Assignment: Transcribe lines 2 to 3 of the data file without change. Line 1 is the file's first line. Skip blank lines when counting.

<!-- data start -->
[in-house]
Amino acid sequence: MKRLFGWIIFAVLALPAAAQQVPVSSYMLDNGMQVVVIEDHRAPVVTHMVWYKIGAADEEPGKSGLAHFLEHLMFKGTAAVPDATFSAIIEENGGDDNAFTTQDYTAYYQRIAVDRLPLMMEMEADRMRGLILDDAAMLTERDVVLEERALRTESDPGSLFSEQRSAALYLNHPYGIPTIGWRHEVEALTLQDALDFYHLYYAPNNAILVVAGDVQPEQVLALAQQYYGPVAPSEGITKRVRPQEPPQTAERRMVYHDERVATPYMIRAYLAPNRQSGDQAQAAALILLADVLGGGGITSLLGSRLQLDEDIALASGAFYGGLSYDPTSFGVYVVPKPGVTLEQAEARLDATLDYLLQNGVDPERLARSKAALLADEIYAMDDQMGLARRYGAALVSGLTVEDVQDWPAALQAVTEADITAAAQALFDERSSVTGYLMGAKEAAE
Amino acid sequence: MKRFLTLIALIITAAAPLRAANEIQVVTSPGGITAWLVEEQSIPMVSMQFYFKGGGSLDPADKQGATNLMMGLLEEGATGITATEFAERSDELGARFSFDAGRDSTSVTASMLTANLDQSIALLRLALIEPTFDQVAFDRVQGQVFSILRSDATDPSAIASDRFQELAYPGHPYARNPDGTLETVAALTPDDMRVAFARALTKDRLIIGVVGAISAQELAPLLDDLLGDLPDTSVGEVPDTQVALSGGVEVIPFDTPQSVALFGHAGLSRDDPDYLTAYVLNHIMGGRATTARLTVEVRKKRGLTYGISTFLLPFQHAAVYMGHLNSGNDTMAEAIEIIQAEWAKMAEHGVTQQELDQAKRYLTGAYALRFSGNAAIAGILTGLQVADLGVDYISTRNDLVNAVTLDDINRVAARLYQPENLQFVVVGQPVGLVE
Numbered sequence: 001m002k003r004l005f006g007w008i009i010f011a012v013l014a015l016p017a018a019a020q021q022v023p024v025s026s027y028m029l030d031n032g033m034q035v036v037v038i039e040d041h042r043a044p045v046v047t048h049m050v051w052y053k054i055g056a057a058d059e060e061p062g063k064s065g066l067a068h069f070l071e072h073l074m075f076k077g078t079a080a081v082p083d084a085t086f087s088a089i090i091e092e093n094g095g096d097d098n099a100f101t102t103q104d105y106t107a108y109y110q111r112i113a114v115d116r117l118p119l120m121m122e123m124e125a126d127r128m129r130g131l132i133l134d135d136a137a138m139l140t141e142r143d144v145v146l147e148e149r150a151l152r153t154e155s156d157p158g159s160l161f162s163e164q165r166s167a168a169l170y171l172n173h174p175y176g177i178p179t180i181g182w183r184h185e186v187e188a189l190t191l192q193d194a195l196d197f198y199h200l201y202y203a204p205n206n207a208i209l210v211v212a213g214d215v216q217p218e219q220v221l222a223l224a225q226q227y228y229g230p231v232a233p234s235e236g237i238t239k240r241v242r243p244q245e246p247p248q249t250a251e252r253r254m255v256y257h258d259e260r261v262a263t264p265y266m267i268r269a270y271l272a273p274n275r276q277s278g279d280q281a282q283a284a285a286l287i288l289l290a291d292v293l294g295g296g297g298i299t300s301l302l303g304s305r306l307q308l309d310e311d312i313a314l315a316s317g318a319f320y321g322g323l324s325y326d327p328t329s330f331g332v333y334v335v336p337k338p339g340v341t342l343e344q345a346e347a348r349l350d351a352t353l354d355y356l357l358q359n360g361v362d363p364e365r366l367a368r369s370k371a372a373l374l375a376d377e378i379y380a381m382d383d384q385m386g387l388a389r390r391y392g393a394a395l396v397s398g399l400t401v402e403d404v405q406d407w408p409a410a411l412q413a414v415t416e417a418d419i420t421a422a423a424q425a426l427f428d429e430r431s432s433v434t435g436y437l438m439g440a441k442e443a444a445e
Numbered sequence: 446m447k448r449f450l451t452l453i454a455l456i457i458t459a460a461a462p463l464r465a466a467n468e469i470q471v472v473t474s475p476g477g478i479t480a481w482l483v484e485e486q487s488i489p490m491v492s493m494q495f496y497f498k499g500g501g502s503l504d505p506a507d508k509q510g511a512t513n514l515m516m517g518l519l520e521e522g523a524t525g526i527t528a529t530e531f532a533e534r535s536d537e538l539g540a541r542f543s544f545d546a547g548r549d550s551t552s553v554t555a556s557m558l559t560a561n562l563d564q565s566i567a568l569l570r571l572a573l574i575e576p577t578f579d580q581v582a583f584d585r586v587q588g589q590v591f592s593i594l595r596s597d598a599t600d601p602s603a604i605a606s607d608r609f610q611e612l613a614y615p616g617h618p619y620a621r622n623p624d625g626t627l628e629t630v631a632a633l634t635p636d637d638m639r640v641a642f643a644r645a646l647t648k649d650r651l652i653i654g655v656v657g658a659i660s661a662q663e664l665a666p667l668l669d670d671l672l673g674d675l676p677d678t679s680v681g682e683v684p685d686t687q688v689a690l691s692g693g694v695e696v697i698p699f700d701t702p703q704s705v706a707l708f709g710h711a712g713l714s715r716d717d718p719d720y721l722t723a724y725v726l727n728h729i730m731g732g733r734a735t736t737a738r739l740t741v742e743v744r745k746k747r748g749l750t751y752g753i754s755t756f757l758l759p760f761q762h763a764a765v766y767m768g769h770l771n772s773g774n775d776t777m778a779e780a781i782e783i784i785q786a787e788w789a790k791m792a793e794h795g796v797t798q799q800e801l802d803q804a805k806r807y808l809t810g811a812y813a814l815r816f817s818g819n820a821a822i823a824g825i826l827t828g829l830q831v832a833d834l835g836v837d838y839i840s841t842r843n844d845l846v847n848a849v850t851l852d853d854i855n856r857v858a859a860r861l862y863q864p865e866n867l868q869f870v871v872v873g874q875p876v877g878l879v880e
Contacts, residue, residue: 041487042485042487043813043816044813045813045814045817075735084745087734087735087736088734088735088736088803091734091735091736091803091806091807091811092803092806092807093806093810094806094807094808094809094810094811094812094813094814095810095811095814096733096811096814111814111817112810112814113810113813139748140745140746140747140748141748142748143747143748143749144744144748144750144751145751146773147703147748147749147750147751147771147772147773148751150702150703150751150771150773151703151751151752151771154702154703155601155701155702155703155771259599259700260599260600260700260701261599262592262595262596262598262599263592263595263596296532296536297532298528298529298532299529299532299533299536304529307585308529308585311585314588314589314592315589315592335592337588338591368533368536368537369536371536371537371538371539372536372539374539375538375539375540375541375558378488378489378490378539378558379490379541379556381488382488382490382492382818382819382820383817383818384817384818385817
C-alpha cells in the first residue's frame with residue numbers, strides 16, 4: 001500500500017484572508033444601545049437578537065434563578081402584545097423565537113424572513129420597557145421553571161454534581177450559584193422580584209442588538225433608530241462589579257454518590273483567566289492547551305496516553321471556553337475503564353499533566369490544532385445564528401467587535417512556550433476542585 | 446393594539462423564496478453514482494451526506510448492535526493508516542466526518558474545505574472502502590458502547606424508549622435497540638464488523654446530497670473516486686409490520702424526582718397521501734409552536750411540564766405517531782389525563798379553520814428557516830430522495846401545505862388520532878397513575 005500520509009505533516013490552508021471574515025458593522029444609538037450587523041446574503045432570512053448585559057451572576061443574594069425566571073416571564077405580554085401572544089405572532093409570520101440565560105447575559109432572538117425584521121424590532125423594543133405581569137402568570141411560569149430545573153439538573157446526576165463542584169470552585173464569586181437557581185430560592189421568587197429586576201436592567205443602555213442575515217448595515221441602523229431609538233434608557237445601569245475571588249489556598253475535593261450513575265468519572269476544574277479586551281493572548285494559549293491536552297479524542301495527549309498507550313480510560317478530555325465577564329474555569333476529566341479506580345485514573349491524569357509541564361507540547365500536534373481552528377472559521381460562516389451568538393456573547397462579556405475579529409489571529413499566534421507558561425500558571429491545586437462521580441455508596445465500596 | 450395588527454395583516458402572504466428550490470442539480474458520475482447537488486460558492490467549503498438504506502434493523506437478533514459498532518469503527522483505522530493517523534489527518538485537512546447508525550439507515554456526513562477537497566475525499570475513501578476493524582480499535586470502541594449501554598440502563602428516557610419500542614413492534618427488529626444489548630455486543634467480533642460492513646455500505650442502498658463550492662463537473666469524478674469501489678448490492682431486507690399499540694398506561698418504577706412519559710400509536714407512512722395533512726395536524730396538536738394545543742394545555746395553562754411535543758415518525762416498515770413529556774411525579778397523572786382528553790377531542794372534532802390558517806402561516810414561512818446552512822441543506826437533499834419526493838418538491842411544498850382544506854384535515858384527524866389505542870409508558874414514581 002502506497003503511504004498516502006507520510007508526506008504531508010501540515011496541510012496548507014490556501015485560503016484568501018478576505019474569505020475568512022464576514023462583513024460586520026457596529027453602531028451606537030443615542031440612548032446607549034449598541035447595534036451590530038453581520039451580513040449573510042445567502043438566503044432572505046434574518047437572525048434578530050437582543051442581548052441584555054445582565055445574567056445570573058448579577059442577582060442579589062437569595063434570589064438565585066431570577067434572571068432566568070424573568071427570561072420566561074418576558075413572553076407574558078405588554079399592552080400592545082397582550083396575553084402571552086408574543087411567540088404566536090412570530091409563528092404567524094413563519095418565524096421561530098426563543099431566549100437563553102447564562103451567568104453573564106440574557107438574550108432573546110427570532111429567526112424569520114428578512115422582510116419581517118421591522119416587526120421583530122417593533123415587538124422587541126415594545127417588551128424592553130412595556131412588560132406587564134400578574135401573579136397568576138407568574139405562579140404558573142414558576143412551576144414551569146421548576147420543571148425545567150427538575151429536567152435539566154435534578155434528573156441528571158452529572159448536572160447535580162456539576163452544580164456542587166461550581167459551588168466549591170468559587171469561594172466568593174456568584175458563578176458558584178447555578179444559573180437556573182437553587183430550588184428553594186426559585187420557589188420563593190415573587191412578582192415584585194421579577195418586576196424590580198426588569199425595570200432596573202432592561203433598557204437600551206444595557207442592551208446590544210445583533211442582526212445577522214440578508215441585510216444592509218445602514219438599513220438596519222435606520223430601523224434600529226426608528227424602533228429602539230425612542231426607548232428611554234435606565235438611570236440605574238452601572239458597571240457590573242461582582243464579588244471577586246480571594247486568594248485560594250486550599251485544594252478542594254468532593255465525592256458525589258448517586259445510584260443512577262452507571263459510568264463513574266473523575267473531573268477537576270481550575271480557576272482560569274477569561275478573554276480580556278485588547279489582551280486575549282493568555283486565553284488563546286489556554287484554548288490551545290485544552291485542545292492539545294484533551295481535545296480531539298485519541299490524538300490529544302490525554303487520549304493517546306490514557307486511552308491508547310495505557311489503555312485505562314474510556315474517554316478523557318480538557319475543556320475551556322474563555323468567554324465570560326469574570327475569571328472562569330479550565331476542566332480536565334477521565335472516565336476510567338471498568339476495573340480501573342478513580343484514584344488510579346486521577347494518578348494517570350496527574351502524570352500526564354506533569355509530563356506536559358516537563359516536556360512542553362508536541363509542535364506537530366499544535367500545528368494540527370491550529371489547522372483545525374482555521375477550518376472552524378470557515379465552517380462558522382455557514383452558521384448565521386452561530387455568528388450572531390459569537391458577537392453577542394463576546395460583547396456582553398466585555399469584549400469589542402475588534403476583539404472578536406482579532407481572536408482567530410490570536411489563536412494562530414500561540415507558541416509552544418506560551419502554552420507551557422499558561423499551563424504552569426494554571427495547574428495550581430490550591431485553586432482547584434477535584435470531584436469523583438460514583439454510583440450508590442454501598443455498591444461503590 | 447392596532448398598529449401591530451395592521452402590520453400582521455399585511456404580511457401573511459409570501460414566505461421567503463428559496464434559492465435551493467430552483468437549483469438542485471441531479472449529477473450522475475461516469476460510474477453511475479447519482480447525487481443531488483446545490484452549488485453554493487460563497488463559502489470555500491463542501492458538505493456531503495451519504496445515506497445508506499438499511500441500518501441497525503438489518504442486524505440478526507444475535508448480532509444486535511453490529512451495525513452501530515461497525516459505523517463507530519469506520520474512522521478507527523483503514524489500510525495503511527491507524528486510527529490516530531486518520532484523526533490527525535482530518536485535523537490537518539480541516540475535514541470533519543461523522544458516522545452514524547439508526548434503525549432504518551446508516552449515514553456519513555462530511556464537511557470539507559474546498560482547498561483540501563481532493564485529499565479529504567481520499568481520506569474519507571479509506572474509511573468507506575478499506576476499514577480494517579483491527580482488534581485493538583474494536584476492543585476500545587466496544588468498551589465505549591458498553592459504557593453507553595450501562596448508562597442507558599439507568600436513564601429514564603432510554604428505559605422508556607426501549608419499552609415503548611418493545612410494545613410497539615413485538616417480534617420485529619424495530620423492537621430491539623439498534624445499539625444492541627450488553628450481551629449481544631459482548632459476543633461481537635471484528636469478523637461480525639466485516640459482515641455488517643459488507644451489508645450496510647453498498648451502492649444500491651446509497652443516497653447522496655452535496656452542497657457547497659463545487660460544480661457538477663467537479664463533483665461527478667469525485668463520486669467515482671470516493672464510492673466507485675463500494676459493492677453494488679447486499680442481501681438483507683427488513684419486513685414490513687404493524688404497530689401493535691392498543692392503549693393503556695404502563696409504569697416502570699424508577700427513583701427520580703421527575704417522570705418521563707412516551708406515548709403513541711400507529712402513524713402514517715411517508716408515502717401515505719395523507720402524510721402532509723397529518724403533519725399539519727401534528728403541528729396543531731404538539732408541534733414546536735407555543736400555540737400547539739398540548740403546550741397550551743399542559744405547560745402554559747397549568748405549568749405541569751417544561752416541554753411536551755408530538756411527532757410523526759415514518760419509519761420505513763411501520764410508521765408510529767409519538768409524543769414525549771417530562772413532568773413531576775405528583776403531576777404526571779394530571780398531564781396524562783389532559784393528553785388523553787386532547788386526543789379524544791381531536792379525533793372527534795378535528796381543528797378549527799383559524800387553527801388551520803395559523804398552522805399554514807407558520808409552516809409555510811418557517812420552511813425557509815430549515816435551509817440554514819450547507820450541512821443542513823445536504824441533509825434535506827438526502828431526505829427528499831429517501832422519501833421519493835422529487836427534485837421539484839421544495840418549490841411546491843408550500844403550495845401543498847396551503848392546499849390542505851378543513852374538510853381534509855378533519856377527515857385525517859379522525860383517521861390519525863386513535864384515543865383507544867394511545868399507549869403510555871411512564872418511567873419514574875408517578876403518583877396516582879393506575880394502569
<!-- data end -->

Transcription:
Amino acid sequence: MKRLFGWIIFAVLALPAAAQQVPVSSYMLDNGMQVVVIEDHRAPVVTHMVWYKIGAADEEPGKSGLAHFLEHLMFKGTAAVPDATFSAIIEENGGDDNAFTTQDYTAYYQRIAVDRLPLMMEMEADRMRGLILDDAAMLTERDVVLEERALRTESDPGSLFSEQRSAALYLNHPYGIPTIGWRHEVEALTLQDALDFYHLYYAPNNAILVVAGDVQPEQVLALAQQYYGPVAPSEGITKRVRPQEPPQTAERRMVYHDERVATPYMIRAYLAPNRQSGDQAQAAALILLADVLGGGGITSLLGSRLQLDEDIALASGAFYGGLSYDPTSFGVYVVPKPGVTLEQAEARLDATLDYLLQNGVDPERLARSKAALLADEIYAMDDQMGLARRYGAALVSGLTVEDVQDWPAALQAVTEADITAAAQALFDERSSVTGYLMGAKEAAE
Amino acid sequence: MKRFLTLIALIITAAAPLRAANEIQVVTSPGGITAWLVEEQSIPMVSMQFYFKGGGSLDPADKQGATNLMMGLLEEGATGITATEFAERSDELGARFSFDAGRDSTSVTASMLTANLDQSIALLRLALIEPTFDQVAFDRVQGQVFSILRSDATDPSAIASDRFQELAYPGHPYARNPDGTLETVAALTPDDMRVAFARALTKDRLIIGVVGAISAQELAPLLDDLLGDLPDTSVGEVPDTQVALSGGVEVIPFDTPQSVALFGHAGLSRDDPDYLTAYVLNHIMGGRATTARLTVEVRKKRGLTYGISTFLLPFQHAAVYMGHLNSGNDTMAEAIEIIQAEWAKMAEHGVTQQELDQAKRYLTGAYALRFSGNAAIAGILTGLQVADLGVDYISTRNDLVNAVTLDDINRVAARLYQPENLQFVVVGQPVGLVE